David Copperfield, Charles Dickens
David Copperfield
Charles Dickens
42:29 h Novels Lvl 9.45
The Personal History, Adventures, Experience and Observation of David Copperfield the Younger of Blunderstone Rookery (Which He Never Meant to Publish on Any Account), commonly known as David Copperfield, is a novel in the bildungsroman genre by Charles Dickens, narrated by the eponymous David Copperfield, detailing his adventures in his journey from infancy to maturity. It was first published as a serial in 1849–50, and as a book in 1850. Called "the triumph of the art of Dickens", it marks a turning point in his work, separating the novels of youth and those of maturity. Dickens wrote without an outline, unlike his previous novel, Dombey and Son. Some aspects of the story were fixed in his mind from the start, but others were undecided until the serial publications were underway. The novel has a primary theme of growth and change, but Dickens also satirises many aspects of Victorian life. These include the status of women in marriage, class structure, the criminal justice system, the quality of schools and the employment of children in factories.

David Copperfield

by
Charles Dickens


AFFECTIONATELY INSCRIBED TO
THE
HON. Mr. AND Mrs. RICHARD WATSON,
OF
ROCKINGHAM, NORTHAMPTONSHIRE.

Preface to 1850 Edition

I do not find it easy to get sufficiently far away from this Book, in the first sensations of having finished it, to refer to it with the composure which this formal heading would seem to require. My interest in it, is so recent and strong; and my mind is so divided between pleasure and regret — pleasure in the achievement of a long design, regret in the separation from many companions — that I am in danger of wearying the reader whom I love, with personal confidences, and private emotions.

Besides which, all that I could say of the Story, to any purpose, I have endeavoured to say in it.

It would concern the reader little, perhaps, to know, how sorrowfully the pen is laid down at the close of a two-years’ imaginative task; or how an Author feels as if he were dismissing some portion of himself into the shadowy world, when a crowd of the creatures of his brain are going from him for ever. Yet, I have nothing else to tell; unless, indeed, I were to confess (which might be of less moment still) that no one can ever believe this Narrative, in the reading, more than I have believed it in the writing.

Instead of looking back, therefore, I will look forward. I cannot close this Volume more agreeably to myself, than with a hopeful glance towards the time when I shall again put forth my two green leaves once a month, and with a faithful remembrance of the genial sun and showers that have fallen on these leaves of David Copperfield, and made me happy.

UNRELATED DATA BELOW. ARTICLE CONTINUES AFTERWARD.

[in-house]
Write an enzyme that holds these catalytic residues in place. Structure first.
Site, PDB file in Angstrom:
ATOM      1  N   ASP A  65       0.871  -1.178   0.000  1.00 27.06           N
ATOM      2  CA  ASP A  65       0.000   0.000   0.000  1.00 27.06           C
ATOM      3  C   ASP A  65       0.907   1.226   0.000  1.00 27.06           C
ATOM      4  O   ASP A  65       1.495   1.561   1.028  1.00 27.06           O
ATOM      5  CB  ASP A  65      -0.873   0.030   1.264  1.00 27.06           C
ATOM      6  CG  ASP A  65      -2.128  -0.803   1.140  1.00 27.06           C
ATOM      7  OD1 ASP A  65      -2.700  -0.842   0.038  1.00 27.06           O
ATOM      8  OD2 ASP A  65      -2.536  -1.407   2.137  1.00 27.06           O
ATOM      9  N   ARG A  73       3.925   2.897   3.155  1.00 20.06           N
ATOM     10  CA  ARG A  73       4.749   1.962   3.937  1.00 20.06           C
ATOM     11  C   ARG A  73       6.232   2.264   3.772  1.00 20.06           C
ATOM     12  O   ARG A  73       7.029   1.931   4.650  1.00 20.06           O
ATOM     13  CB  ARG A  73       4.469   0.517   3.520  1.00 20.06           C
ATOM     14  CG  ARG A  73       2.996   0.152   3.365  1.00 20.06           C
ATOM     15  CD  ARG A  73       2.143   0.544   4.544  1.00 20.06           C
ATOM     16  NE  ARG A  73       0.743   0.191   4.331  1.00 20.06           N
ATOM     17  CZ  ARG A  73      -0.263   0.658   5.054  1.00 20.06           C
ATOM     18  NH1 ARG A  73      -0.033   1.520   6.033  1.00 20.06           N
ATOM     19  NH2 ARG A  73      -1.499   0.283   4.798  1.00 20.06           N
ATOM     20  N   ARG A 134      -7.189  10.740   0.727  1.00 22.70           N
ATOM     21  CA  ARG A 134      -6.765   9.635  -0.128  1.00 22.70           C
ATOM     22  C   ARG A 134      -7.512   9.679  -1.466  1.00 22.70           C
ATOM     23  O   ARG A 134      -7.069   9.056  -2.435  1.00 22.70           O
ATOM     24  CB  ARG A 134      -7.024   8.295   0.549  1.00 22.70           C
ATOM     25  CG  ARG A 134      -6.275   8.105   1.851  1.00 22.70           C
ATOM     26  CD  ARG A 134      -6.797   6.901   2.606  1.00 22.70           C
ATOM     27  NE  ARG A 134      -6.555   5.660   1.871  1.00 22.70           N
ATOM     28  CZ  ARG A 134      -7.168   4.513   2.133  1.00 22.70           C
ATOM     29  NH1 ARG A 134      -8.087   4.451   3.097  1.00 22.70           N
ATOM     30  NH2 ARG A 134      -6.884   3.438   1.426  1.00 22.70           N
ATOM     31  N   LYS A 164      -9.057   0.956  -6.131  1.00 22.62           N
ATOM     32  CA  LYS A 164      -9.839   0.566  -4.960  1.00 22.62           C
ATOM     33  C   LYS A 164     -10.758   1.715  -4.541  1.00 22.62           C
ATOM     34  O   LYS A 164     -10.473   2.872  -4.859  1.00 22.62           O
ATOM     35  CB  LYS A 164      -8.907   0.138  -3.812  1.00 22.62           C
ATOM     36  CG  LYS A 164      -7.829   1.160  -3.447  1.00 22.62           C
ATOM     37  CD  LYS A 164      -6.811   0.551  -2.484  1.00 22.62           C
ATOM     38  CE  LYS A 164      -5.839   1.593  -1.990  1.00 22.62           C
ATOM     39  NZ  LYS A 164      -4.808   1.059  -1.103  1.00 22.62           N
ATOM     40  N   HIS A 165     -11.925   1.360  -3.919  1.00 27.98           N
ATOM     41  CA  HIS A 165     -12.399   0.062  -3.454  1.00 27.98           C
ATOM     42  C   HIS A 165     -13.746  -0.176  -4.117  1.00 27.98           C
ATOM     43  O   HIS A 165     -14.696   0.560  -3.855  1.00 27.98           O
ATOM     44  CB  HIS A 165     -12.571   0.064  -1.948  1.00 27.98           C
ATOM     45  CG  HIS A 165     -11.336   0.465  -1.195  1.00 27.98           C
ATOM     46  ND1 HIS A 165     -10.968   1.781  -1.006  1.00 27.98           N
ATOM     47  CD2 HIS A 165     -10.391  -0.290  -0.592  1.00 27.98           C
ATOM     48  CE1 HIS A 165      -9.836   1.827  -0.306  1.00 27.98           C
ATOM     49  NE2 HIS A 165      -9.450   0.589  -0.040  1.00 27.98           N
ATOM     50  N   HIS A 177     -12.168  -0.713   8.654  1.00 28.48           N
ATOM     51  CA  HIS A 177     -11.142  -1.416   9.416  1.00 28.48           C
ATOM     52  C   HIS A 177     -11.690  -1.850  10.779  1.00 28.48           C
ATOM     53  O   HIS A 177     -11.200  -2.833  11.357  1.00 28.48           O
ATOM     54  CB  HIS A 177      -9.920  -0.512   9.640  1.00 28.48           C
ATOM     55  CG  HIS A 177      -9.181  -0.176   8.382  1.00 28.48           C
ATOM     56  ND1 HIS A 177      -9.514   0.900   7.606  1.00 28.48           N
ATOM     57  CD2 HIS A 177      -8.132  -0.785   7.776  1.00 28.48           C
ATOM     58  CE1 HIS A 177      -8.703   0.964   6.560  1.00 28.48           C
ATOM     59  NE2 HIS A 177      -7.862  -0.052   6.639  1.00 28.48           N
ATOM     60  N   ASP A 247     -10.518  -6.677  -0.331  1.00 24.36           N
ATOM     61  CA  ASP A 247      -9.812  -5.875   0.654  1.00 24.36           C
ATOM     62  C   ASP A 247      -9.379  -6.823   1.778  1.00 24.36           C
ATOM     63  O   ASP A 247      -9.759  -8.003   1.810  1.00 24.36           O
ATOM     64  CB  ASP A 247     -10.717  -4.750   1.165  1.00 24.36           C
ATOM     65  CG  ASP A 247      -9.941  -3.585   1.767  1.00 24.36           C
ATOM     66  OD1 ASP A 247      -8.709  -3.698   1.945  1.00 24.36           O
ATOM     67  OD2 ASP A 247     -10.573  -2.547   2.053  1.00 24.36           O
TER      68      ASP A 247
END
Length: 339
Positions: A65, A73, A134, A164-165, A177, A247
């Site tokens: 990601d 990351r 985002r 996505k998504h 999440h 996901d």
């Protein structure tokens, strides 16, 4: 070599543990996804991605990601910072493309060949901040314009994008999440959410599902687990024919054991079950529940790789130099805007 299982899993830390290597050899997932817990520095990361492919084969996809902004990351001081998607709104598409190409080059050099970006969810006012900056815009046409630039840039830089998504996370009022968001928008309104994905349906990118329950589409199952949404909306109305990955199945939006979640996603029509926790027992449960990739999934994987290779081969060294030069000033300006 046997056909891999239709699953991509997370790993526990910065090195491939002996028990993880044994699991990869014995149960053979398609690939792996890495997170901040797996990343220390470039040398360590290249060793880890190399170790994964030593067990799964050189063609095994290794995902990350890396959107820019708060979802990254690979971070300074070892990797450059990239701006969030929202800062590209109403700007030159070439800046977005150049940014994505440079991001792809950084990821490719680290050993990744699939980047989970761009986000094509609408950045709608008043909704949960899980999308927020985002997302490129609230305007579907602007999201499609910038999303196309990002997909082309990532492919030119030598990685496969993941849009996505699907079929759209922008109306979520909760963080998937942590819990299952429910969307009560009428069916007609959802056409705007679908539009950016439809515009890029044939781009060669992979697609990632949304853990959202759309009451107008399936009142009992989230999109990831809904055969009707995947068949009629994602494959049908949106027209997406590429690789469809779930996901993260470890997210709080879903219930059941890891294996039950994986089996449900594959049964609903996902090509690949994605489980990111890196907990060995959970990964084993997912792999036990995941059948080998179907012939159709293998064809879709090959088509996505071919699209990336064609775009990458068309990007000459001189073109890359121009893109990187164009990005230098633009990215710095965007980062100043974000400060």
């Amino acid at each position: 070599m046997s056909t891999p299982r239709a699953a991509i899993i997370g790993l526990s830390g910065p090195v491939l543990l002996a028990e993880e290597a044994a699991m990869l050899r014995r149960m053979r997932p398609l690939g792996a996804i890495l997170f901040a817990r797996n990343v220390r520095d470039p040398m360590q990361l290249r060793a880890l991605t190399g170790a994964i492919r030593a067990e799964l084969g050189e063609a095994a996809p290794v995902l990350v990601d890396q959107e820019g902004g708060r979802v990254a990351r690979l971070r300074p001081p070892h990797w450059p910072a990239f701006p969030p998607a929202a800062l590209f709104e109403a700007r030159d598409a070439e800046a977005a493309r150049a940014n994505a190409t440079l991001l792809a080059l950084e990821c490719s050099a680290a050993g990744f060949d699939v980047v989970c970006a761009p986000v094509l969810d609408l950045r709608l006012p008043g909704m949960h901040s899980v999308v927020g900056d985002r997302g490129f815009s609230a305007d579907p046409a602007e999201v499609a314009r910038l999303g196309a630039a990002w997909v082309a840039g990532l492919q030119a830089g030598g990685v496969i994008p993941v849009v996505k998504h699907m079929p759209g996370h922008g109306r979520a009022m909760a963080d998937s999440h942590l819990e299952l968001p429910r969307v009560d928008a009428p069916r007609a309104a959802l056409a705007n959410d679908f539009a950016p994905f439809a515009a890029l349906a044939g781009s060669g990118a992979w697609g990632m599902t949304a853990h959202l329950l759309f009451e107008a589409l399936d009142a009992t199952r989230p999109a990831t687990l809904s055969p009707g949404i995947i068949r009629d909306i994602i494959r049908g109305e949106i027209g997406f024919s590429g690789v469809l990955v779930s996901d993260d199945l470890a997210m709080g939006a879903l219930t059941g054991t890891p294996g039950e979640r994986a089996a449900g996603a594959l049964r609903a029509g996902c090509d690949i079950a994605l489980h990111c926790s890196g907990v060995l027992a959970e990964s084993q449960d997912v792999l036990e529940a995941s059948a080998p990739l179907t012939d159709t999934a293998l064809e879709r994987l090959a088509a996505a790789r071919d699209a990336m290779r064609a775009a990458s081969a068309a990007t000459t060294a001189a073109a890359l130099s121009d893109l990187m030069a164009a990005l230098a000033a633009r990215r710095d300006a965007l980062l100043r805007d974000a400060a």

London, October, 1850.


Preface to the Charles Dickens Edition

I REMARKED in the original Preface to this Book, that I did not find it easy to get sufficiently far away from it, in the first sensations of having finished it, to refer to it with the composure which this formal heading would seem to require. My interest in it was so recent and strong, and my mind was so divided between pleasure and regret — pleasure in the achievement of a long design, regret in the separation from many companions — that I was in danger of wearying the reader with personal confidences and private emotions.

Besides which, all that I could have said of the Story to any purpose, I had endeavoured to say in it.

It would concern the reader little, perhaps, to know how sorrowfully the pen is laid down at the close of a two-years’ imaginative task; or how an Author feels as if he were dismissing some portion of himself into the shadowy world, when a crowd of the creatures of his brain are going from him for ever. Yet, I had nothing else to tell; unless, indeed, I were to confess (which might be of less moment still), that no one can ever believe this Narrative, in the reading, more than I believed it in the writing.

So true are these avowals at the present day, that I can now only take the reader into one confidence more. Of all my books, I like this the best. It will be easily believed that I am a fond parent to every child of my fancy, and that no one can ever love that family as dearly as I love them. But, like many fond parents, I have in my heart of hearts a favourite child. And his name is

DAVID COPPERFIELD.

1869


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